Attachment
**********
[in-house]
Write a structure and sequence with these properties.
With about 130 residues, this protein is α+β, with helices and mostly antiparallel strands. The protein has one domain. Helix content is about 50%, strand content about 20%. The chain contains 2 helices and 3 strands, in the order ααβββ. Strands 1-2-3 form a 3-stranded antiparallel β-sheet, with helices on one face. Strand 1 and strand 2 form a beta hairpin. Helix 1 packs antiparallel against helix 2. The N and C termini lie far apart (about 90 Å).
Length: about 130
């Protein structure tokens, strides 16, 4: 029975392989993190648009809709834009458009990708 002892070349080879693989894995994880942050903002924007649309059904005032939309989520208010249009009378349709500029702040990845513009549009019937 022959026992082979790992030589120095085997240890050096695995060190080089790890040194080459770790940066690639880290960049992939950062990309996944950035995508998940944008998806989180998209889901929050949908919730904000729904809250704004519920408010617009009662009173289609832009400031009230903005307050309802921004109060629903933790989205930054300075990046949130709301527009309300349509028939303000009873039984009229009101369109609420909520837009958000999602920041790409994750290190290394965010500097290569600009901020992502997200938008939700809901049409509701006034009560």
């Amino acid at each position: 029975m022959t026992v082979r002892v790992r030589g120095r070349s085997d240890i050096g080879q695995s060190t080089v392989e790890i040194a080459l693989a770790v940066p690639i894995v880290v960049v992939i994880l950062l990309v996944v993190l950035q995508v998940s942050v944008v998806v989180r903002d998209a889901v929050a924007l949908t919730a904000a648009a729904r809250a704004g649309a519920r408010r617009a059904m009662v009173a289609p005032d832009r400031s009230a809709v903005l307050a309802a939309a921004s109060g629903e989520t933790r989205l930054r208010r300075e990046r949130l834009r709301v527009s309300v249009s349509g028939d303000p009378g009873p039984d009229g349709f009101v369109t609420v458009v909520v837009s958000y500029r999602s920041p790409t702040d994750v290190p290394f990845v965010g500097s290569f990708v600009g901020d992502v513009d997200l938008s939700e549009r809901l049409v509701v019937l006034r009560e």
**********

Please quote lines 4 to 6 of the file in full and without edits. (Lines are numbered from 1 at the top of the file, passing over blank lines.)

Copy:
Length: about 130
């Protein structure tokens, strides 16, 4: 029975392989993190648009809709834009458009990708 002892070349080879693989894995994880942050903002924007649309059904005032939309989520208010249009009378349709500029702040990845513009549009019937 022959026992082979790992030589120095085997240890050096695995060190080089790890040194080459770790940066690639880290960049992939950062990309996944950035995508998940944008998806989180998209889901929050949908919730904000729904809250704004519920408010617009009662009173289609832009400031009230903005307050309802921004109060629903933790989205930054300075990046949130709301527009309300349509028939303000009873039984009229009101369109609420909520837009958000999602920041790409994750290190290394965010500097290569600009901020992502997200938008939700809901049409509701006034009560």
């Amino acid at each position: 029975m022959t026992v082979r002892v790992r030589g120095r070349s085997d240890i050096g080879q695995s060190t080089v392989e790890i040194a080459l693989a770790v940066p690639i894995v880290v960049v992939i994880l950062l990309v996944v993190l950035q995508v998940s942050v944008v998806v989180r903002d998209a889901v929050a924007l949908t919730a904000a648009a729904r809250a704004g649309a519920r408010r617009a059904m009662v009173a289609p005032d832009r400031s009230a809709v903005l307050a309802a939309a921004s109060g629903e989520t933790r989205l930054r208010r300075e990046r949130l834009r709301v527009s309300v249009s349509g028939d303000p009378g009873p039984d009229g349709f009101v369109t609420v458009v909520v837009s958000y500029r999602s920041p790409t702040d994750v290190p290394f990845v965010g500097s290569f990708v600009g901020d992502v513009d997200l938008s939700e549009r809901l049409v509701v019937l006034r009560e």